A young girl deals with the pressures of school and family.
In this chapter book, Roman (One to Ten, 2017, etc.) introduces Susannah Maya Logan, the white, blonde-haired star of a new series. Third-grader Susannah’s day begins in a bad place, as she confronts the math homework left unfinished before going down to breakfast—late, to her mother’s annoyance—where the frustrations build. But with both parents pressed for time (“It was as if their whole life revolved around that big clock. Its ornate oversized hands dictated whether breakfast would be rushed or whether dinner would be meatloaf with a mountain of mashed potatoes or a quick pizza from Phil’s”), Susannah is prevented from sharing her concerns about school. An uneaten banana joins the uncompleted homework in her backpack, which grows heavier with the addition of an invitation to a friend’s sleepover—in a potentially haunted house—a failed math quiz, and two library books as Susannah moves through the day unable to discuss her problems with anyone. The backpack and the strains it represents expand even more in Susannah’s mind than they do in reality until they explode in a nightmare that brings her parents to her bedroom and leads to a heartfelt discussion about coping techniques (“You let your work control you, rather than the other way around”) and improved communication. Roman does a good job of capturing the frustrations of both Susannah and her overstretched parents, portraying all three as victims of circumstances rather than antagonists. The simple but enjoyable story, taking place in a single day, covers a topic familiar to many young readers and delivers a vocabulary and writing style appropriate for audiences graduating from the Junie B. Jones series and similar works. Although there is a clear message, Roman’s story—which features mostly black and white images by Arkova (Can a Princess Be a Firefighter?, 2017, etc.)—avoids outright didacticism. The final pages leave Susannah’s sleepover fears unresolved, setting up a clear launching point for the sequel.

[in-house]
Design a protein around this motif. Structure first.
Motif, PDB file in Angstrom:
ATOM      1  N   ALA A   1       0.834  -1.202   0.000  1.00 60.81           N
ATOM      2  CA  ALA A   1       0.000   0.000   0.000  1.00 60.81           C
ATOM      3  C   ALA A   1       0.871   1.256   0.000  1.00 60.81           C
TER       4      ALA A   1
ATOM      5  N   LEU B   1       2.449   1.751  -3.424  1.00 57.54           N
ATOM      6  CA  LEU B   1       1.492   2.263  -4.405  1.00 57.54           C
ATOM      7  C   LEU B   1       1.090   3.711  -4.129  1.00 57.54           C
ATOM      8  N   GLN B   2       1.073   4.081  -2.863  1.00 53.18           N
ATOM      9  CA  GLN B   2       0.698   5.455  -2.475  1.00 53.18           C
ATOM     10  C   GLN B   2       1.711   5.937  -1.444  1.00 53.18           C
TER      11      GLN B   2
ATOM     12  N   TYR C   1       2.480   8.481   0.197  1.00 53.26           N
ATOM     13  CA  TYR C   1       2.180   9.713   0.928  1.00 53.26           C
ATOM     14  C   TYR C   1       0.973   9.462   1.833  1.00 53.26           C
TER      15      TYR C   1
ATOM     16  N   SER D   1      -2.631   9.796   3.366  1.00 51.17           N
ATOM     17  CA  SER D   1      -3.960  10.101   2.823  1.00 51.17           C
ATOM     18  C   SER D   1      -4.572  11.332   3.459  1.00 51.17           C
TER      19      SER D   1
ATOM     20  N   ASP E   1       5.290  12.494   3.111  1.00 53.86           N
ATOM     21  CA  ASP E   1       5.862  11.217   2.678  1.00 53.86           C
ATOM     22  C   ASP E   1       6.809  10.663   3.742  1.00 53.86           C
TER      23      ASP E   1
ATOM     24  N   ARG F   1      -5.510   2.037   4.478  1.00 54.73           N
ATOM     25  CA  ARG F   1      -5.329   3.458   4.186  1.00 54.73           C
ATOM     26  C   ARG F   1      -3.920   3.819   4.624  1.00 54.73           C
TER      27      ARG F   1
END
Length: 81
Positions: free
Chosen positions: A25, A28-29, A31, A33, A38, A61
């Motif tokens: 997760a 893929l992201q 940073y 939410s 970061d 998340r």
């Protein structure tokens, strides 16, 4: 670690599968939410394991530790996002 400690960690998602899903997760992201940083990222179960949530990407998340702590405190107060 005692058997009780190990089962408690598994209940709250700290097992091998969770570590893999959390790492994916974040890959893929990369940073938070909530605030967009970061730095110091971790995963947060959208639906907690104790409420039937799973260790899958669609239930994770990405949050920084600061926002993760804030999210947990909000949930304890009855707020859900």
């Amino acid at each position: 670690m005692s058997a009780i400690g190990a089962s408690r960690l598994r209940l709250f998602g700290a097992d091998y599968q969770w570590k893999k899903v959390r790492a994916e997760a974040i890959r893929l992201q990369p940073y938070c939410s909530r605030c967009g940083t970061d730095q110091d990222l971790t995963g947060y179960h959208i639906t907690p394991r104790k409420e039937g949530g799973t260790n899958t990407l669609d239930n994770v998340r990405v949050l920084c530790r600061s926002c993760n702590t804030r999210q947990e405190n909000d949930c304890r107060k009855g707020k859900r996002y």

An engaging tale for beginning readers about contending with the stress of everyday life from a child’s perspective.